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Re: bad interaction between TCP delayed ack and RSTs
So, the summary so far appears to be this:
- It is okay for NetBSD to change TCP behaviors but if others change
different behaviors and the two conflict, the other guy is the
- Firewalls that drop packets without sending RST are broken.
I am not aware of any TCP standard that says sending ACK in response
to RST and not tearing down the connection is correct. What I see in
RFC 793 says the connection must be closed upon receiving an
acceptable RST in the window. See the end of section 3.4 and "Event
Processing" page 70. I couldn't find the mentioned NISCC
The Linux behavior of sending RST when a socket is close()d without
reading all the data is described as a MAY in RFC 1122, section
220.127.116.11. A perfectly conforming TCP can thus receive data, send
data, close() without reading the data, and send a legitimate RST.
I understand why NetBSD is filtering the RSTs, but in light of these
RFCs, claiming that NetBSD is not the broken one and the TCP sending
the RST is the broken one seems wrong. The thing is, I didn't come
here to have a silly argument about whose TCP stack is most like the
specification. I don't even care much about my application.
I *was* just trying to help NetBSD behave in the best possible way by
pointing out this problem.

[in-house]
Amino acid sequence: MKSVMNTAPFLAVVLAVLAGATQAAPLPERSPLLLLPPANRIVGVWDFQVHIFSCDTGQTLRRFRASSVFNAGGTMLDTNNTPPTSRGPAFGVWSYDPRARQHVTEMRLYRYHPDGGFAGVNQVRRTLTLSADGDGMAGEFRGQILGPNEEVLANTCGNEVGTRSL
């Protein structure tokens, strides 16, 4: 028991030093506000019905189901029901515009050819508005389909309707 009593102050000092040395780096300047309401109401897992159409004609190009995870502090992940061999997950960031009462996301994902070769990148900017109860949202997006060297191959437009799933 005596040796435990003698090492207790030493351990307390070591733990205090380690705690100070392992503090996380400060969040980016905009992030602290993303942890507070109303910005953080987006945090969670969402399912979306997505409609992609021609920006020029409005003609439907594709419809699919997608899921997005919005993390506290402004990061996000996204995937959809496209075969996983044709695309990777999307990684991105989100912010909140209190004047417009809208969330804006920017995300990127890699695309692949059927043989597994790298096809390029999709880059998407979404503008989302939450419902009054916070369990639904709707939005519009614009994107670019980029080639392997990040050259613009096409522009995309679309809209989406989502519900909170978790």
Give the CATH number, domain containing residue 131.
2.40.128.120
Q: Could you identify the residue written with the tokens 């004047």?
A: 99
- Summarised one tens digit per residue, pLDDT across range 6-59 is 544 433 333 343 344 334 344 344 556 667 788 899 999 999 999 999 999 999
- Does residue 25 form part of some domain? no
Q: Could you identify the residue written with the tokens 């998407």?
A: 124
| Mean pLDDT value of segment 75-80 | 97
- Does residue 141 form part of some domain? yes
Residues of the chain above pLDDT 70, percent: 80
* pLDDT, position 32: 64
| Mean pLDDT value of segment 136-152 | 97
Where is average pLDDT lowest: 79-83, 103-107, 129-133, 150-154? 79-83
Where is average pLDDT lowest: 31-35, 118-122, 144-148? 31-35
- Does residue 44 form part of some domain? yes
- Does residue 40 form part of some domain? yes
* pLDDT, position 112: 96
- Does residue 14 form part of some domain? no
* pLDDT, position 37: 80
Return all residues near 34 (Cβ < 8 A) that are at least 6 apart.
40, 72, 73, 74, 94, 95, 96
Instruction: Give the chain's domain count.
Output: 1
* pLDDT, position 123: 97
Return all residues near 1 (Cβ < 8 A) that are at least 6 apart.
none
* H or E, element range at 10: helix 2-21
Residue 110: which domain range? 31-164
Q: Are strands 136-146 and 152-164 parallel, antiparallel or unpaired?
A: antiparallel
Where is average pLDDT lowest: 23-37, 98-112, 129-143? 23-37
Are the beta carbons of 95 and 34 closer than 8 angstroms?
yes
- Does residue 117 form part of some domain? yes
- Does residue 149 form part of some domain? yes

I also find it difficult to believe that reducing the number of
sequence numbers a forged RST will fail with from (2^32)-1 to
(2^32)-2 is a noteworthy weakening of resistance to such attacks. And
in my code, it even requires that there's currently a delayed ack
before "accepting" that second sequence number. I did think about
this; in my first message I explicitly mentioned that letting through
RSTs in the window would be a reduction in resistance, because with
window scaling that could actually start to add up.
As for the firewall, my personal observations are that there are an
awful lot of firewalls, "home networking" NAT boxes, whatever, out
there configured to *not* send RSTs when dropping packets, despite
what TCP wants. So, all told, I am no fan of Windows but you will not
convince me this is a "Windows is busted, end of story" situation.
At any rate, my problem appears to be not considered a bug.
Well... that's why I asked. For now I'll just add my solution to
my ever-growing set of private kernel and userland patches.
But this illuminating exchange will definitely inform my decisions if
I ever run a server more important than the current two-bit server
that a few friends and I use. Since I do not presume to "fix" all the
firewalls and Windows machines on the 'net, I would have to find a
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